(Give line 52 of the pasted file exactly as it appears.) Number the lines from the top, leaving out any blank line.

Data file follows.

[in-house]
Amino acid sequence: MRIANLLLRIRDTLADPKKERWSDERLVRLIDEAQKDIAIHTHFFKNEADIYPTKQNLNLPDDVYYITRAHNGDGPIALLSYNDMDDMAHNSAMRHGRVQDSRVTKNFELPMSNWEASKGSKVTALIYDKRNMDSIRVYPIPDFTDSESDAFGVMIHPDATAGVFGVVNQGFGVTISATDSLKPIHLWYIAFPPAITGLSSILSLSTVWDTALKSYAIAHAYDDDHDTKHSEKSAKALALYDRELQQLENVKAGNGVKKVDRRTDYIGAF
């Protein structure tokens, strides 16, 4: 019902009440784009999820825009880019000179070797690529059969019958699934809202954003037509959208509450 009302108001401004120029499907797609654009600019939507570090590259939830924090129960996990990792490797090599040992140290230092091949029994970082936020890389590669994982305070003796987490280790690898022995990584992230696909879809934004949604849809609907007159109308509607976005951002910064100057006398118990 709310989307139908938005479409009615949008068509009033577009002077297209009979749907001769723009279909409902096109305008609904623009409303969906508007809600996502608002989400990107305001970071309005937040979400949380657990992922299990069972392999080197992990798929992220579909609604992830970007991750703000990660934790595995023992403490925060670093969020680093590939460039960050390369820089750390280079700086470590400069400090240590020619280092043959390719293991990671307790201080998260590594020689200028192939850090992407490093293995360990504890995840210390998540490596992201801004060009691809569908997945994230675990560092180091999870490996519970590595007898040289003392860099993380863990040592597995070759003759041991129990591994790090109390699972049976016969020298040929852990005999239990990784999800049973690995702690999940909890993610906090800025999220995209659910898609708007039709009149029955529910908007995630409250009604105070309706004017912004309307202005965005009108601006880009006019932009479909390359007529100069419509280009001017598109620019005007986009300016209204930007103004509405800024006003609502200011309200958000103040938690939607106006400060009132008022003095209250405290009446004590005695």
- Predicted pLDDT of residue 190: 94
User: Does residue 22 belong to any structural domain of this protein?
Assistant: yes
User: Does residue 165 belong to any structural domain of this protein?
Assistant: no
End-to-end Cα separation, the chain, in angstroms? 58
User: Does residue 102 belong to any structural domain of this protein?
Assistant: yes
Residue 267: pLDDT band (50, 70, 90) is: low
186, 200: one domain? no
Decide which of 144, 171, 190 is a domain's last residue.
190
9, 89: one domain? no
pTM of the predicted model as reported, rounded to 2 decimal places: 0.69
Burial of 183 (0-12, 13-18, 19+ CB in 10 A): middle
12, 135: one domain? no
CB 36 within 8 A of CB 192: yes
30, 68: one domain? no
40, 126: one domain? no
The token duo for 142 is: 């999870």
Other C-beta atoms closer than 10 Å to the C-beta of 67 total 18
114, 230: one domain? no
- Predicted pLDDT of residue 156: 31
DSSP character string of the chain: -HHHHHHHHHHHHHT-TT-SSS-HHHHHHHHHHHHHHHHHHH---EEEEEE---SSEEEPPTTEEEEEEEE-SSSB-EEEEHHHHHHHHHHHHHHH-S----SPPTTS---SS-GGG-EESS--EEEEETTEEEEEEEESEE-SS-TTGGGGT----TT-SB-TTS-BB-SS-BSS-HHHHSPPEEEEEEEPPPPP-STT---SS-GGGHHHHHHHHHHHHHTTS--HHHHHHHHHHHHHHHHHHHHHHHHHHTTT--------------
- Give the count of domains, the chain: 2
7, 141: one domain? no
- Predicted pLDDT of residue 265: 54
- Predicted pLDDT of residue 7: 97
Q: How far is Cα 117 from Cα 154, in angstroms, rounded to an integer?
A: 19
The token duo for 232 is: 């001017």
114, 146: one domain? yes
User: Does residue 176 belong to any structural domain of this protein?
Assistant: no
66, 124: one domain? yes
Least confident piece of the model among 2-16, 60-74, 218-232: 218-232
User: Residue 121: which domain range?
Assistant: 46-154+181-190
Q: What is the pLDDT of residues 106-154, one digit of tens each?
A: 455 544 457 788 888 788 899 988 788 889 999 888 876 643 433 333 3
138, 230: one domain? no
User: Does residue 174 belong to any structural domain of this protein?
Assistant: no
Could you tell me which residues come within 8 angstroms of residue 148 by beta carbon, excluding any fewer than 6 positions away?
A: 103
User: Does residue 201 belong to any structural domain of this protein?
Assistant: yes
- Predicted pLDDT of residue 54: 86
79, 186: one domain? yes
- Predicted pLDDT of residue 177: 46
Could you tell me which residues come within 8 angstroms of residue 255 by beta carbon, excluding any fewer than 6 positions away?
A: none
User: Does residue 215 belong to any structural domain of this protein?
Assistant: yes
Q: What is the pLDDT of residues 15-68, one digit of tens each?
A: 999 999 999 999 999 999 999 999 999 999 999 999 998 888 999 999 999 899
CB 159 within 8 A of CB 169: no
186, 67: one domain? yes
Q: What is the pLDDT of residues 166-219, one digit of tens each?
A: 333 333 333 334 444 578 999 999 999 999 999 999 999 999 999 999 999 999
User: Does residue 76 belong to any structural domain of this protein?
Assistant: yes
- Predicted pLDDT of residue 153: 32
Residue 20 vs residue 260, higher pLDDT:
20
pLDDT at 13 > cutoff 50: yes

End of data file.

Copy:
79, 186: one domain? yes